• COUNTRY FACTSHEET: GERMANY Economy Since the age of industrialisation, the country has been a driver, innovator, and beneficiary of an ever more globalised economy. Germany is a founding member of the EU, the G8 and the G20 and was the world’s largest exporter from 2003 to 2008. In 2011, it remains the second largest exporter and third largest importer. It generates a trade surplus of $189.7 billion. Germany is relatively poor in raw materials. Only lignite and potash salt are available in economically significant quantities. Power plants burning lignite are one of the main sources of electricity in Germany. Oil, natural gas and other resources are, for the most part, imported from other countries. Germany imports about two thirds of its energy. The service sector contributes around 70% of the total GDP, industry 29.1%, and agriculture 0.9%. Most of the country’s products are in engineering, especially in automobiles, machinery, metals, and chemical goods. Germany is the leading producer of wind turbines and solar power technology in the world. The largest annual international trade fairs and congresses are held in several German cities such as Hanover, Frankfurt, and Berlin. Combination of service-oriented manufacturing, R&D spending, links between industry and academia, international cooperation and SME contribute to the overall competitiveness of the economy of Germany. Of the world’s 500 largest stock market listed companies measured by revenue, the Fortune Global 500, 37 are headquartered in Germany. In 2010 the ten largest were Volkswagen, Allianz, E.ON, Daimler, Siemens, Metro, Deutsche Telekom, Munich Re, BASF, and BMW.Other large German companies include: Robert Bosch, ThyssenKrupp, and MAN (diversified industrials); Bayer and Merck (pharmaceuticals); Adidas and Puma (clothing and footwear); Commerzbank and Deutsche Bank (banking and finance); Aldi, Lidl and Edeka (retail); SAP (computer software); Infineon (semiconductors); Henkel (household and personal consumer products); Deutsche Post (logistics); and Hugo Boss (luxury goods). Well-known global brands are Mercedes Benz, BMW, Adidas, Audi, Porsche, Volkswagen, Bayer, BASF, Bosch, Siemens, Lufthansa, SAP and Nivea. National public holidays DATE HOLIDAY LOCAL NAME 1st January New Year’s Day Neujahrstag Easter Sunday -2 days Good Friday Karfreitag Easter Sunday +1 day Easter Monday Ostermontag 1st May International Workers’ Day Tag der Arbeit Easter Sunday +39 days Ascension Day Christi Himmelfahrt Easter Sunday +50 days Whit Monday Pfingstmontag 3rd October German Unity Day 6 Tag der Deutschen Einheit 25th December Christmas Day Weihnachtstag 26th December St Stephen’s Day/Boxing Day Zweiter Weihnachtsfeiertag Additional Regional holidays : II 6th Jan – Epiphany (Heilige Drei Könige): Baden Würtenberg, Bavaria and Saxony-Anhalt II Easter Sunday + 60 – Corpus Christi (Fronleichnam): Baden Würtenberg, Bavaria, Hessen, North Rine Westphalia, Rhineland- Palatinate and Saarland II 15th Aug – Assumption Day (Mariä Himmelfahrt): Saarland II 31 Oct – Reformation Day (Reformationstag): Brandenburg, Mecklenburg-Vorpommern, Saxony, Saxony-Anhalt and Thuringia. II 1st Nov – All Saints (Allerheiligen): Baden Würtenberg, Bavaria, North Rine Westphalia, Rhineland-Palatinate and Saarland. II Wed before 23rd Nov – Day of Repentance and Prayer 4 (Buß- und Bettag): Saxony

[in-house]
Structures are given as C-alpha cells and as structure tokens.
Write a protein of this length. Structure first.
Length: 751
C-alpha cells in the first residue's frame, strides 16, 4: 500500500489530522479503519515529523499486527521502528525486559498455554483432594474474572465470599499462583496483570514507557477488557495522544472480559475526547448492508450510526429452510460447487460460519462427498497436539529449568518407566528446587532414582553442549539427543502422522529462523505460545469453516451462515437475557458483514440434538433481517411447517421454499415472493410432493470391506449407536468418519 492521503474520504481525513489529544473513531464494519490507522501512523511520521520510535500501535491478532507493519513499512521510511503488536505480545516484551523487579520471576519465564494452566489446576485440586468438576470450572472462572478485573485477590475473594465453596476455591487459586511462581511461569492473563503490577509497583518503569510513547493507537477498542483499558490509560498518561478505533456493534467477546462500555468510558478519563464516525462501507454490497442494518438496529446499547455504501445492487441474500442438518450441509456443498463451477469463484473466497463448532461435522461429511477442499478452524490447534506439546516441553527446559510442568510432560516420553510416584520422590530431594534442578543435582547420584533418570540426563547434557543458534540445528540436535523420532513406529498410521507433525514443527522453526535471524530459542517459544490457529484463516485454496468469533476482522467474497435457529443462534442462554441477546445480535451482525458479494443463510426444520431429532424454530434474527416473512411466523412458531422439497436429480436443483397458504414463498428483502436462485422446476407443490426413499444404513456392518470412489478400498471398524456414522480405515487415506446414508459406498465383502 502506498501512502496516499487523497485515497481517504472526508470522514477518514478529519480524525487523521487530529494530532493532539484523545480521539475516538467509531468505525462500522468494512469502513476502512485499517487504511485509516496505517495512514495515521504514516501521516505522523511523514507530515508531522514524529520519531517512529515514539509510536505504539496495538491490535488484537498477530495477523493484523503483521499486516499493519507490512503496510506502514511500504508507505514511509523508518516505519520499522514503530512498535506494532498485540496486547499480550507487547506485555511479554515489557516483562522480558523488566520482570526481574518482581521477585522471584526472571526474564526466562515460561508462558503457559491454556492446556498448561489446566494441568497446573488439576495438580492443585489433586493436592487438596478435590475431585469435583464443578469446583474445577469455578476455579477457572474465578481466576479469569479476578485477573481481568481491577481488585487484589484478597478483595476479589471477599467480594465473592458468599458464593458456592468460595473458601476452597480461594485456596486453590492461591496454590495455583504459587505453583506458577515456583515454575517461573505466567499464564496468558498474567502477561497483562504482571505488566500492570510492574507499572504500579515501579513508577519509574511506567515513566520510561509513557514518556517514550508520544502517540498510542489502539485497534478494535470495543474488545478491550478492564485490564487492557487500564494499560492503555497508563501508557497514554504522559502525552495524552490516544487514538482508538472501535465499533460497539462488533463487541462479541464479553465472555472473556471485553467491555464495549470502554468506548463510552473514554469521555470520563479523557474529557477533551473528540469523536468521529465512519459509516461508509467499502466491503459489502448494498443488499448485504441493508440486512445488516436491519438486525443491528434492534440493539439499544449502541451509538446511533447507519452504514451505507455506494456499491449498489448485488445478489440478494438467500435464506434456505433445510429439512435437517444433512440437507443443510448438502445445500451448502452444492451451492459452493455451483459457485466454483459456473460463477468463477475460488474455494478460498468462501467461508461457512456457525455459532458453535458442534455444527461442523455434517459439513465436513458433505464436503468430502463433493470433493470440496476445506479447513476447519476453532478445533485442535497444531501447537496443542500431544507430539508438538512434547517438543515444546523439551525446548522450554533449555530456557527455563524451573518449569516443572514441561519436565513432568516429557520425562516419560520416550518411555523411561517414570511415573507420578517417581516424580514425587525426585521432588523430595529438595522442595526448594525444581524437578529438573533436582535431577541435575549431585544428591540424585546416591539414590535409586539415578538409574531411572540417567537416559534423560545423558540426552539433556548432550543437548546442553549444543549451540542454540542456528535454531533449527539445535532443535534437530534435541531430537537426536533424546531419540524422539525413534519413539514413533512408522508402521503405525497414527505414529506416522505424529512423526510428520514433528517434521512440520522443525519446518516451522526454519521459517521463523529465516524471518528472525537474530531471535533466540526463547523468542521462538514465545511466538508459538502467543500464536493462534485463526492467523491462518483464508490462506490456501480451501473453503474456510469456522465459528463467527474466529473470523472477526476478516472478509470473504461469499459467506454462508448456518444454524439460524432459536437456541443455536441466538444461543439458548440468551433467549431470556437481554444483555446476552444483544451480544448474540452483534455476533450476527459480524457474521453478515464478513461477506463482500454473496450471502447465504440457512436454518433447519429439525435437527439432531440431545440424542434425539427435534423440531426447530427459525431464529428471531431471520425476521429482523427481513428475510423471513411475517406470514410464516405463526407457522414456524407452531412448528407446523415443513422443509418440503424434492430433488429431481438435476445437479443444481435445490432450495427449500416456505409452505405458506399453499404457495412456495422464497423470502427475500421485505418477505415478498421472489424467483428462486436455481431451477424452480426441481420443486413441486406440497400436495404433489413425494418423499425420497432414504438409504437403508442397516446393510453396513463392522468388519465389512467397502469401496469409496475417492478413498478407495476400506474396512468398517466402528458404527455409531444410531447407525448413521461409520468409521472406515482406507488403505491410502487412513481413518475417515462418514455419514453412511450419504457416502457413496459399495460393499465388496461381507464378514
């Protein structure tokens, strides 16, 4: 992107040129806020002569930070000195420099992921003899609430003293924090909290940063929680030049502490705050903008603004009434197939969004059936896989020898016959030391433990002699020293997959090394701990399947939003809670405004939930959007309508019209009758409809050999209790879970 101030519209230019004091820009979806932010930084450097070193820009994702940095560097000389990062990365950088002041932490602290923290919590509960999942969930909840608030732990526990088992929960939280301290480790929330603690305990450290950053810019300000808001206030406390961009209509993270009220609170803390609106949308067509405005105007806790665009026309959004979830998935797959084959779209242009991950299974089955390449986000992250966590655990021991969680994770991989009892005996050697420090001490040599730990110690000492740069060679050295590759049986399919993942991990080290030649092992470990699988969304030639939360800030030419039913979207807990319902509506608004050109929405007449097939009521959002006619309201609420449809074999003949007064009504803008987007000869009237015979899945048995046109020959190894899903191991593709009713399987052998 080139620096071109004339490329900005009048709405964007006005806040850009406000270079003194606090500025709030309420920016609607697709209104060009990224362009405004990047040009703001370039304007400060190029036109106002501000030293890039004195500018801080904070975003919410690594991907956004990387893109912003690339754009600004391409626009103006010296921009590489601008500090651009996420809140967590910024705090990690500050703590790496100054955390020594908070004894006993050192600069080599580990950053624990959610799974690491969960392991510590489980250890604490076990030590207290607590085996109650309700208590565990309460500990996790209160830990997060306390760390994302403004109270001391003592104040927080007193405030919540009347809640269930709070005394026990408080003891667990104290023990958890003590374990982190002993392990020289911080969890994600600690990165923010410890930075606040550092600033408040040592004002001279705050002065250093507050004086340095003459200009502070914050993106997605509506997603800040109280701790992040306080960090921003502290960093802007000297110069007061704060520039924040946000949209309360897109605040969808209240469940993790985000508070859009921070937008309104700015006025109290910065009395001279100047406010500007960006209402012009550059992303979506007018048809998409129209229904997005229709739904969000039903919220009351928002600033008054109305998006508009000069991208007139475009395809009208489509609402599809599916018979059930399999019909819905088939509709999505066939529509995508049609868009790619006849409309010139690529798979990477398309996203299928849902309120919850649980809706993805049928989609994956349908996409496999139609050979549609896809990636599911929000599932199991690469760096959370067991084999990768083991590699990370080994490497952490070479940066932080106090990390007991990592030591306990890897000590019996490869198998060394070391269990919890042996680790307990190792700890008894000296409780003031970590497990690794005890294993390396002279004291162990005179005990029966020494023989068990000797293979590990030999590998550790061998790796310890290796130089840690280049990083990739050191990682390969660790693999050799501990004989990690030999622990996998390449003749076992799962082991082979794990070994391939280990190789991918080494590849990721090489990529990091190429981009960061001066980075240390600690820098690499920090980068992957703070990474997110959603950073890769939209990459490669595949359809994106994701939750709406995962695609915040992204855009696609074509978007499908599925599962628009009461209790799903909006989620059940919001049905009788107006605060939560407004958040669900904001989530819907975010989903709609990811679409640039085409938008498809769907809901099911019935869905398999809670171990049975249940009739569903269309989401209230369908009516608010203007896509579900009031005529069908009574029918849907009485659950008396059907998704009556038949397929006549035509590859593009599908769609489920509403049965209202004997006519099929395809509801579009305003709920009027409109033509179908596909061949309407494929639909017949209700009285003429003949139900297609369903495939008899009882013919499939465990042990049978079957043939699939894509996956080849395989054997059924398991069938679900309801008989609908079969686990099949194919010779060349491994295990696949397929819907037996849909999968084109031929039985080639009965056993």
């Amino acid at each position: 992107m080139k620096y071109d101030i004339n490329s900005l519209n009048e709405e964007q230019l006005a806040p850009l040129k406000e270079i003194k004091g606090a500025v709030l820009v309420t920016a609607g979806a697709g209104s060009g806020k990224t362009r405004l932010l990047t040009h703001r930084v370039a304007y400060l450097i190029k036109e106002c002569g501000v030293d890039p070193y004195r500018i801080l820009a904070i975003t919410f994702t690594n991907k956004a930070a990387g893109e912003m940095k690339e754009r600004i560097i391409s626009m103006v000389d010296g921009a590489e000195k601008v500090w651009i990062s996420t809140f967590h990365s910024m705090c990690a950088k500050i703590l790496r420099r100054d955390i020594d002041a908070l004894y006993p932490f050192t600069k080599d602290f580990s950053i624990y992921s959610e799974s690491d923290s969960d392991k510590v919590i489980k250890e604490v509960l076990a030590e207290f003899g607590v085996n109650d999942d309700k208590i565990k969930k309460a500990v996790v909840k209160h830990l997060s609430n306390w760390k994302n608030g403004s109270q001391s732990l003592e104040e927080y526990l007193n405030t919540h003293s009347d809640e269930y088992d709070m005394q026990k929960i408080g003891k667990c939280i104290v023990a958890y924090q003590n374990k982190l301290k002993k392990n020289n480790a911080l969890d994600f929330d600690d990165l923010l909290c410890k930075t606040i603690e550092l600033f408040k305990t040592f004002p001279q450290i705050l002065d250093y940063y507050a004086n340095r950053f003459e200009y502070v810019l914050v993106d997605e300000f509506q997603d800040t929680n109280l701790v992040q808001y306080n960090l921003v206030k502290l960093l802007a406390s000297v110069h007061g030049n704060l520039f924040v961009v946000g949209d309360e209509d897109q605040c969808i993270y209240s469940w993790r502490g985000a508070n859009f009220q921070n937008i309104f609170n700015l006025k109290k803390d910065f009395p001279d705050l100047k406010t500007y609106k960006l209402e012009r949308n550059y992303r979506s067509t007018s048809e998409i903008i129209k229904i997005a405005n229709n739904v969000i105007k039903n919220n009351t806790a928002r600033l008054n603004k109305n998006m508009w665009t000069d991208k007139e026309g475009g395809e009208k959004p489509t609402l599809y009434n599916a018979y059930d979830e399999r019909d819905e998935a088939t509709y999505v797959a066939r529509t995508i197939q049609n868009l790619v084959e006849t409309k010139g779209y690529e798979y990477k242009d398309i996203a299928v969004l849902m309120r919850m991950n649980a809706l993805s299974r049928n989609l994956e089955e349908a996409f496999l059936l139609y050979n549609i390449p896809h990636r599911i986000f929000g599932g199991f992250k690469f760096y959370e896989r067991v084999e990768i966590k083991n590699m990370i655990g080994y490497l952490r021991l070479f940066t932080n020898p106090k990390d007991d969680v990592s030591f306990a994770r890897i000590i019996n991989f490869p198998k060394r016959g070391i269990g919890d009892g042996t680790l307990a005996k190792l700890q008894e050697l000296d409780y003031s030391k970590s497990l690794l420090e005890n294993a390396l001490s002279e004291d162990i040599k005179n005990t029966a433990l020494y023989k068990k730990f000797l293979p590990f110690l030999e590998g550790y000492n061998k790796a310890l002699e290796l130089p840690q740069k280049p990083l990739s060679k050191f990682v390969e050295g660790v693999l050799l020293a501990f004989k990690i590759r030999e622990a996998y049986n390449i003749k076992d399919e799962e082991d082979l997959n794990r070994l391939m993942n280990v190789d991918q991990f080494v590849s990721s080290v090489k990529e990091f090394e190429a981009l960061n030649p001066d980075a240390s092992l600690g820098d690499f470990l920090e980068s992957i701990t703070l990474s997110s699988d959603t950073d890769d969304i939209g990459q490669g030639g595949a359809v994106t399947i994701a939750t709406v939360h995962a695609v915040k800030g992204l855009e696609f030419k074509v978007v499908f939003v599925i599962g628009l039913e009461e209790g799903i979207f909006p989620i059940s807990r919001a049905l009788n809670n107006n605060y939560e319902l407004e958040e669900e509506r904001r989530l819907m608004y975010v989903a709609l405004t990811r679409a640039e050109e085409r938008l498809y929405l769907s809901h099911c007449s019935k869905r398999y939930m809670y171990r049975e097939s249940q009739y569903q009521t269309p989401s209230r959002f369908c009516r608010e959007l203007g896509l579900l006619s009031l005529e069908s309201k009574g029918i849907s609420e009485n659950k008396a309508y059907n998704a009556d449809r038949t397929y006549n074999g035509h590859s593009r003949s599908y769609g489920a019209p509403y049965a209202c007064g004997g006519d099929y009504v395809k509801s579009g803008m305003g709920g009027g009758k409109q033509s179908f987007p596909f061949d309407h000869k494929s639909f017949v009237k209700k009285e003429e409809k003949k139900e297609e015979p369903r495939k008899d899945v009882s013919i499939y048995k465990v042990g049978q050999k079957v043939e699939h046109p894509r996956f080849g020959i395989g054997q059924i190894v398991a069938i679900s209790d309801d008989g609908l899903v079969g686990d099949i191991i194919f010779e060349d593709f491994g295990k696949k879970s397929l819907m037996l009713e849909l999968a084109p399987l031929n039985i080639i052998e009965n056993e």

• COUNTRY FACTSHEET: GERMANY Salutations For Male: Sehr geehrter Herr (Dr.) Date Format Location, + digit. + month + year Eg: Berlin, 03. Januar 2013 For Female: Sehr geehrte Frau (Dr.) Address Format Herr/Frau First name – Last name Company name Street name + house number Postcode (6 digit) + Village/Town/City Country Eg: Frau Sandra Schmidt Breltz GmbH Hanauer Landstraße 126 60314 Frankfurt am Main Deutschland Dos and Don’ts Do II Feel free to have serious discussions in social settings – Germans like talking politics and philosophy. They don’t relish idle chit- chat or small talk and prefer to be direct II Say your full or at least surname incl. your title at the beginning of a phone call, even if it’s followed by ‘do you speak English?’. If calling from a company regarding business also say the company you are calling from II Address people with the formal ‘you’ (Sie). If the familiar ‘you’ (Du) is cool, they’ll let you know II There are suggestions that we can expect high response rates to invites however this can vary due to industry and roles targeted. When they respond, they prefer to respond in writing (by post or fax). Therefore provide these traditional responses alongside email, telephone etc Don’t II Be late – everyone else will be on time II Discuss personal matters during business negotiations, as this is considered to deviate from the task at hand II Attempt to continue negotiations after a contract has been signed. Your German colleagues may view this with suspicion, which could lead to an unsuccessful business agreement II Use exaggerated or indirect communication styles during business meetings with your German counterparts. It creates an impression of insincerity and dishonesty II Don’t assume that Germany is a centralised country like France or England. It is a Federal state and as such each region enjoys a great deal of autonomy and is culturally diverse (eg Bavaria is very different from Lower Saxony) II Send unsolicited emails to Germany. By law a German contact needs to provide their approval to receive marketing emails